Scaffolding wobbles – a lot. This is normal, but no less scary. If your architect proposes a beautiful double-height ceiling, ask yourself not how lovely it will look but how frightening it is going to be painting it. Having nearly killed myself toppling backwards off a ladder a few years ago, we invested in a lightweight scaffold at one of Homebuilding and Renovating’s shows. Until now it has sat in the shed in its wrapping but now that we are decorating, it is a lifesaver. Ross is doing the man-job of building the kitchen so I am in charge of the womanly job of decorating. Happily, this sexist division of labour allowed us to avoid the sensitive topic of whether the chipboard platform would hold Ross’s weight. So I have spent the last two weekends with a paint roller in a very sweaty palm.

Which leads me to my other discovery – something all self-builders need to know: which brands of white paint need only 2 coats instead of 3 when applied to fresh plasterboard. To the average citizen this may seem like boring trivia. To housebuilders this is a matter of national importance. So, my friends, invest in the paint pictured above which costs only £15.99 for a huge tub. I have no commercial links with Homebase and have received no incentive for this post. I am simply very, very grateful.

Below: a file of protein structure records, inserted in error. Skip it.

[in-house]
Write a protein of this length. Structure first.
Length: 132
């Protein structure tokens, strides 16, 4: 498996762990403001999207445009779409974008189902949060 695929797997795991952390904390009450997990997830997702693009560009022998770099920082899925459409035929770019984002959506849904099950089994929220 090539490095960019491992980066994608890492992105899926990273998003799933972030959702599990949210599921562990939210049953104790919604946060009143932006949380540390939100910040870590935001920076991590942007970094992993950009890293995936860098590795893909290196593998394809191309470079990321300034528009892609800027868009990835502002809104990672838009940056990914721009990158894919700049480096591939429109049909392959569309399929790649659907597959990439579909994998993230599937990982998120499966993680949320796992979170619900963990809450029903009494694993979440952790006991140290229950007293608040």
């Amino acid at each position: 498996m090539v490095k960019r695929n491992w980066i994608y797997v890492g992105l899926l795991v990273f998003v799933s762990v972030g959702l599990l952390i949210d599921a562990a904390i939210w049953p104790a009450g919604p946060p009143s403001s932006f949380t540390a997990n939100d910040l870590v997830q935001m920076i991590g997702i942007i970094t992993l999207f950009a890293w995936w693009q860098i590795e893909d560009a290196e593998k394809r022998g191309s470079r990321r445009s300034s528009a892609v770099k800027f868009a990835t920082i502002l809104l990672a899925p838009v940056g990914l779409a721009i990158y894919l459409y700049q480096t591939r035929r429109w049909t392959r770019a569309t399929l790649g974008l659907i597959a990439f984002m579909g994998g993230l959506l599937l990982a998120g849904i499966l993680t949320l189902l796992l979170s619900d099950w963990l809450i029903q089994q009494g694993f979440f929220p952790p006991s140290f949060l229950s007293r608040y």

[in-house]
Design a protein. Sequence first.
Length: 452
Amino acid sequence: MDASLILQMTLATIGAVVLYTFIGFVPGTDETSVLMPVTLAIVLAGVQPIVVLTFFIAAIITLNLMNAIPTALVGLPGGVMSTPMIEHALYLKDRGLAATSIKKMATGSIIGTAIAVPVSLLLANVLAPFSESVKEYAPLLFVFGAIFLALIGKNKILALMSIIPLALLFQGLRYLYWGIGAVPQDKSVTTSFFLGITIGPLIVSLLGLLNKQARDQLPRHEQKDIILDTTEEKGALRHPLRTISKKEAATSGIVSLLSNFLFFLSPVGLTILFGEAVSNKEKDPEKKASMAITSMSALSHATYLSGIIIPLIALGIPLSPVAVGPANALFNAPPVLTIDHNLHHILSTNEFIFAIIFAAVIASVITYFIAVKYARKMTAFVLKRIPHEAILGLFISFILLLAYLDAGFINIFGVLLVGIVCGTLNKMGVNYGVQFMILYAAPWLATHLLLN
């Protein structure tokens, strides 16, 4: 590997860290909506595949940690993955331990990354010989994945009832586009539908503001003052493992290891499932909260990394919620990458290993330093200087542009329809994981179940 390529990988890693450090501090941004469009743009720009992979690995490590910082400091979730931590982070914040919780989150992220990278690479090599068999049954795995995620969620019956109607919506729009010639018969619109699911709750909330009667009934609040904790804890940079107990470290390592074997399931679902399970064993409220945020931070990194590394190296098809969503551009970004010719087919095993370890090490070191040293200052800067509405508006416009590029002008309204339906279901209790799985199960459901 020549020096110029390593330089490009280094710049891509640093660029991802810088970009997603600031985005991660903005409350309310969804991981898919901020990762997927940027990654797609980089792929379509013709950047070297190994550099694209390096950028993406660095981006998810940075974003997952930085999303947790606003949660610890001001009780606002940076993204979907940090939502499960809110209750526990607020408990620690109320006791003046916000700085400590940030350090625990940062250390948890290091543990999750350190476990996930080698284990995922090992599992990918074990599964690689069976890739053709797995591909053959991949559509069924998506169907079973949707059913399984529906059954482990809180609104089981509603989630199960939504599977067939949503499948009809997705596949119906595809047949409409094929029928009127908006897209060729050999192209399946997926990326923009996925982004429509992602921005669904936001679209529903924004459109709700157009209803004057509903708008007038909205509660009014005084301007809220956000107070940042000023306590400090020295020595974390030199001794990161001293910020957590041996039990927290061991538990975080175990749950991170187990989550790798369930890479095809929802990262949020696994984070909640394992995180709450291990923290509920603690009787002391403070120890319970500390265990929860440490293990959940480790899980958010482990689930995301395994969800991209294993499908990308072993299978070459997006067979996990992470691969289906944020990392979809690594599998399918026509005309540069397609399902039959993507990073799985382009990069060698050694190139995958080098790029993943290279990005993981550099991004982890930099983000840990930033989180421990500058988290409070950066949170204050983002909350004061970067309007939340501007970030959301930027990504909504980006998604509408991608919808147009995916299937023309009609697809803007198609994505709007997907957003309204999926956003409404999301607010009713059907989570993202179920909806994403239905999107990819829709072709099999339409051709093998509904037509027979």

The new paint discovery allowed us small amount of spare time to enjoy a walk after the first snowfall of the year in Moray. We decided to go and visit our water supply. Like many homes in the Highlands we are off-mains. Our water comes from a well in the hill above us and sits underneath a fenced-off concrete cap (see photo). We have been marvelling at the fresh spring water tumbling from our taps ever since they were connected. Now, having peered into the murky depths of the well, I think I might boil it until the filters are fitted.

  • Samuel Joy

    Useful advice Eleanor. After two coats, the idea of a third could lead someone to a breakdown! Can’t wait to see the house all come together now you’re on the home stretch.

  • Rebecca Clutton

    Thank you Eleanor-exactly the sort of practical hands on advice that’s needed 🙂

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